In a separate study, Dr. Li put people up in a Japanese hotel room for three nights, where they breathed cypress oils from a steam vaporizer. This alone boosted NK cells 20% – with the participants saying they felt less fatigued. A different researcher sprayed pine scent in a hospital's newborn ward (so the babies have never been outdoors once in their young lives), and the infant heart rate dropped four points.

Intrigued by the power of smell – and thinking that the chemicals many trees emit are beneficial – Dr. Li conducted a massive study across Japan. It showed a direct correlation between a larger percentage of forest coverage and lower rates of cancer deaths. He found the correlation particularly significant for uterine, breast and lung cancers in women, and prostate, liver and colon cancer in men. (Male deaths from prostate cancer dropped 20%, which is huge, in areas with high amounts of trees.) Dr. Li, who now sleeps every night with a vaporizer giving off cypress oils, says flat out that “a significant amount of forest area can contribute to a lower incidence of cancer.”

Similarly, the immune-boosting killer T cells of women with breast cancer increased after a two-week forest visit and stayed elevated for 14 days afterwards.

Yup, time in nature likely prolongs life.

And if your New Year's resolution is to work out, yet another study notes that people who were active in nature – running through a forest, say –were more likely to achieve their goals and more likely to continue the practice than people running indoors.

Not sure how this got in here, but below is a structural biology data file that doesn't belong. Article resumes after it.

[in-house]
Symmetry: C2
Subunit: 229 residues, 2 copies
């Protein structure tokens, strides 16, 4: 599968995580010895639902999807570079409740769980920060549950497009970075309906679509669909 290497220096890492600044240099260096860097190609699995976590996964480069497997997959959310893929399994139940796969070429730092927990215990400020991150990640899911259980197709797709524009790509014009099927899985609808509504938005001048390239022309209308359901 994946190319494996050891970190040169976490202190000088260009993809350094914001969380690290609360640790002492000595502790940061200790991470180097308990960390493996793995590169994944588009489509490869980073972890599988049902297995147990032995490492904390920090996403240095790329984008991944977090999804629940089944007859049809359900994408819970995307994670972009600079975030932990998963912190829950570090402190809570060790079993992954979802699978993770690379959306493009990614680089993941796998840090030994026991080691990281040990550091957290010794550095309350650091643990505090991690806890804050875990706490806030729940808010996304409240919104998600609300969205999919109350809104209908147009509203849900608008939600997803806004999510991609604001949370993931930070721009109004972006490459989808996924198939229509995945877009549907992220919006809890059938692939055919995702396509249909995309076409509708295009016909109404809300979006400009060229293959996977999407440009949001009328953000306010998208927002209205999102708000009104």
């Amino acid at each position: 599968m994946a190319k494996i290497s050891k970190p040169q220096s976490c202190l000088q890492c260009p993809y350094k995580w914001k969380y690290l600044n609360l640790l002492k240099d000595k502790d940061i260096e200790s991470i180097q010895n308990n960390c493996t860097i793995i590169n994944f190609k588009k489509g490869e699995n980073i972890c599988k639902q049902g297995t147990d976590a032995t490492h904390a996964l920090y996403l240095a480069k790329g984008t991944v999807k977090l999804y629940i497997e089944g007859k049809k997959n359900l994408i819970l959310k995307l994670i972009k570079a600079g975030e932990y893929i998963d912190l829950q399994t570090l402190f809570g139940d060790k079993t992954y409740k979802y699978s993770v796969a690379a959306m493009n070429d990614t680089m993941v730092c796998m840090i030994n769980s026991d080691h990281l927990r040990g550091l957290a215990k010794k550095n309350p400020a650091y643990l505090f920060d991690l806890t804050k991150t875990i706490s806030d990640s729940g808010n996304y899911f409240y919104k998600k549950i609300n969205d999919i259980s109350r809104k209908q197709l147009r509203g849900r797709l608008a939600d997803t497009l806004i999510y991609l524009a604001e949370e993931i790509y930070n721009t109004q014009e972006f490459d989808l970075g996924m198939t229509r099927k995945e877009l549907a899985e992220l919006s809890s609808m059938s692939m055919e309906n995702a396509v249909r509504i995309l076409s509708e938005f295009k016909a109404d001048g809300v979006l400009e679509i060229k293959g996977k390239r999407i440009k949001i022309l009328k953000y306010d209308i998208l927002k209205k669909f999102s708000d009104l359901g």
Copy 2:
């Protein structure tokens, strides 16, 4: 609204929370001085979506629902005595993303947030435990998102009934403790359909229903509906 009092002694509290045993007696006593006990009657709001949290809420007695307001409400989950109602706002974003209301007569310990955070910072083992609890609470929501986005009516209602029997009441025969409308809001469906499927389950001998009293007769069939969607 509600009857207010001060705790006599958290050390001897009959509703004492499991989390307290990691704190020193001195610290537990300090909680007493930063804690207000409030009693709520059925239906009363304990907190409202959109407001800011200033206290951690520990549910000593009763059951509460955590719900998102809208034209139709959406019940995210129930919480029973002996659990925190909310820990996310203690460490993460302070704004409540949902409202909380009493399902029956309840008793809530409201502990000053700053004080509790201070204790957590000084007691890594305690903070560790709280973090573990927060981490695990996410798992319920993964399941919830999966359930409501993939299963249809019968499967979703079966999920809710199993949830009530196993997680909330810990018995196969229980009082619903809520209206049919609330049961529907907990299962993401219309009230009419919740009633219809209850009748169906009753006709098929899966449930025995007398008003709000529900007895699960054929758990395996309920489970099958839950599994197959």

There are many more studies like this: Forests elevate our mood, birdsong quiets our nerves, green is easy on the eyes and visually appealing. But you get the drift.

All of this explains why the Schuylkill Center has been working with CHOP’s Roxborough clinic to prescribe nature time to kids on their wellness visits. In a program called Nature PHL, CHOP docs here and at Cobbs Creek are sending kids into the outdoors, with a team of Nature Navigators helping them get there and a website, NaturePHL.org, showing Philadelphians where the nearest green spaces are.

For you, dear reader, the Schuylkill Center offers monthly Wellness Saturday programs on the third Saturday of the month, and forest bathing is one of the activities in heavy rotation. We also boast a pine grove where you can immerse yourself in pinene, and our trails are walkable, runnable – and free. So are those at the Wissahickon, as is the Schuylkill River Trail.

But as I noted, we are lucky in Roxborough. Unlike other communities in Philadelphia, we have great access to greenspace. Please use it: you’ll live longer, happier, and healthier.

Mike Weilbacher directs the Schuylkill Center for Environmental Education in Roxborough, tweets @SCEEMike, and can be reached at mike@schuylkillcenter.org